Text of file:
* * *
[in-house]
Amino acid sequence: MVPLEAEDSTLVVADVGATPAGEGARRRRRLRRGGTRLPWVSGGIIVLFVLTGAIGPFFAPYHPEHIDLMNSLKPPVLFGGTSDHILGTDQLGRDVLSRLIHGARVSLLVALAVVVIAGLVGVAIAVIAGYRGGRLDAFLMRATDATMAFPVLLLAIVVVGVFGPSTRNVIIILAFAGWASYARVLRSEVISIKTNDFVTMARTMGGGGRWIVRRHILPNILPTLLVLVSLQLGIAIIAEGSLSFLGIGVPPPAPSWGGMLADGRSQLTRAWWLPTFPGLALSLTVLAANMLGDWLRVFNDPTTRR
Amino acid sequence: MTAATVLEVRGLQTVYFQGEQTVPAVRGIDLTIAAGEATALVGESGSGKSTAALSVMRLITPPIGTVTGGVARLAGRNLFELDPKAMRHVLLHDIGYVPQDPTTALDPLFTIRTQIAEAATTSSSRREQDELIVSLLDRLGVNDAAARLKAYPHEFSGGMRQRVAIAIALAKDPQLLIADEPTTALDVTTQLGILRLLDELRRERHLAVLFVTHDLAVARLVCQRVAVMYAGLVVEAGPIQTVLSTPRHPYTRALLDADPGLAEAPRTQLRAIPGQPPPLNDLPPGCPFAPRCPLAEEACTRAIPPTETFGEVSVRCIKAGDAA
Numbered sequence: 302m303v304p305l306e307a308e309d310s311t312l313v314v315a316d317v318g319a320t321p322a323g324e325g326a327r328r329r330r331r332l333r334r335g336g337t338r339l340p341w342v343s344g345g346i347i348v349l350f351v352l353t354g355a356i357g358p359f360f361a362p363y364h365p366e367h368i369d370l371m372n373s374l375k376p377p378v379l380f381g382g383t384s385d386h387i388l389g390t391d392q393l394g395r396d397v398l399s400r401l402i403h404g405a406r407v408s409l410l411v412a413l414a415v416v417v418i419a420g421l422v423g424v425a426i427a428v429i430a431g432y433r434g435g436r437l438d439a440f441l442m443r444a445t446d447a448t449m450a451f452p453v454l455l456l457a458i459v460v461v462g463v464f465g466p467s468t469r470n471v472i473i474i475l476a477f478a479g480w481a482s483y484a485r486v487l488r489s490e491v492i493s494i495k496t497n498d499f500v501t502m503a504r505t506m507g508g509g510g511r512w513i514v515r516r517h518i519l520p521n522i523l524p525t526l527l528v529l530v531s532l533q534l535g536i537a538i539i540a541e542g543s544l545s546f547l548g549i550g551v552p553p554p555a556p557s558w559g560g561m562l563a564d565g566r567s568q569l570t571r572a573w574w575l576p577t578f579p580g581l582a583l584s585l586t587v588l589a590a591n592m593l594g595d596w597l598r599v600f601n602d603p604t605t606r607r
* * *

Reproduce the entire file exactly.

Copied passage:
[in-house]
Amino acid sequence: MVPLEAEDSTLVVADVGATPAGEGARRRRRLRRGGTRLPWVSGGIIVLFVLTGAIGPFFAPYHPEHIDLMNSLKPPVLFGGTSDHILGTDQLGRDVLSRLIHGARVSLLVALAVVVIAGLVGVAIAVIAGYRGGRLDAFLMRATDATMAFPVLLLAIVVVGVFGPSTRNVIIILAFAGWASYARVLRSEVISIKTNDFVTMARTMGGGGRWIVRRHILPNILPTLLVLVSLQLGIAIIAEGSLSFLGIGVPPPAPSWGGMLADGRSQLTRAWWLPTFPGLALSLTVLAANMLGDWLRVFNDPTTRR
Amino acid sequence: MTAATVLEVRGLQTVYFQGEQTVPAVRGIDLTIAAGEATALVGESGSGKSTAALSVMRLITPPIGTVTGGVARLAGRNLFELDPKAMRHVLLHDIGYVPQDPTTALDPLFTIRTQIAEAATTSSSRREQDELIVSLLDRLGVNDAAARLKAYPHEFSGGMRQRVAIAIALAKDPQLLIADEPTTALDVTTQLGILRLLDELRRERHLAVLFVTHDLAVARLVCQRVAVMYAGLVVEAGPIQTVLSTPRHPYTRALLDADPGLAEAPRTQLRAIPGQPPPLNDLPPGCPFAPRCPLAEEACTRAIPPTETFGEVSVRCIKAGDAA
Numbered sequence: 302m303v304p305l306e307a308e309d310s311t312l313v314v315a316d317v318g319a320t321p322a323g324e325g326a327r328r329r330r331r332l333r334r335g336g337t338r339l340p341w342v343s344g345g346i347i348v349l350f351v352l353t354g355a356i357g358p359f360f361a362p363y364h365p366e367h368i369d370l371m372n373s374l375k376p377p378v379l380f381g382g383t384s385d386h387i388l389g390t391d392q393l394g395r396d397v398l399s400r401l402i403h404g405a406r407v408s409l410l411v412a413l414a415v416v417v418i419a420g421l422v423g424v425a426i427a428v429i430a431g432y433r434g435g436r437l438d439a440f441l442m443r444a445t446d447a448t449m450a451f452p453v454l455l456l457a458i459v460v461v462g463v464f465g466p467s468t469r470n471v472i473i474i475l476a477f478a479g480w481a482s483y484a485r486v487l488r489s490e491v492i493s494i495k496t497n498d499f500v501t502m503a504r505t506m507g508g509g510g511r512w513i514v515r516r517h518i519l520p521n522i523l524p525t526l527l528v529l530v531s532l533q534l535g536i537a538i539i540a541e542g543s544l545s546f547l548g549i550g551v552p553p554p555a556p557s558w559g560g561m562l563a564d565g566r567s568q569l570t571r572a573w574w575l576p577t578f579p580g581l582a583l584s585l586t587v588l589a590a591n592m593l594g595d596w597l598r599v600f601n602d603p604t605t606r607r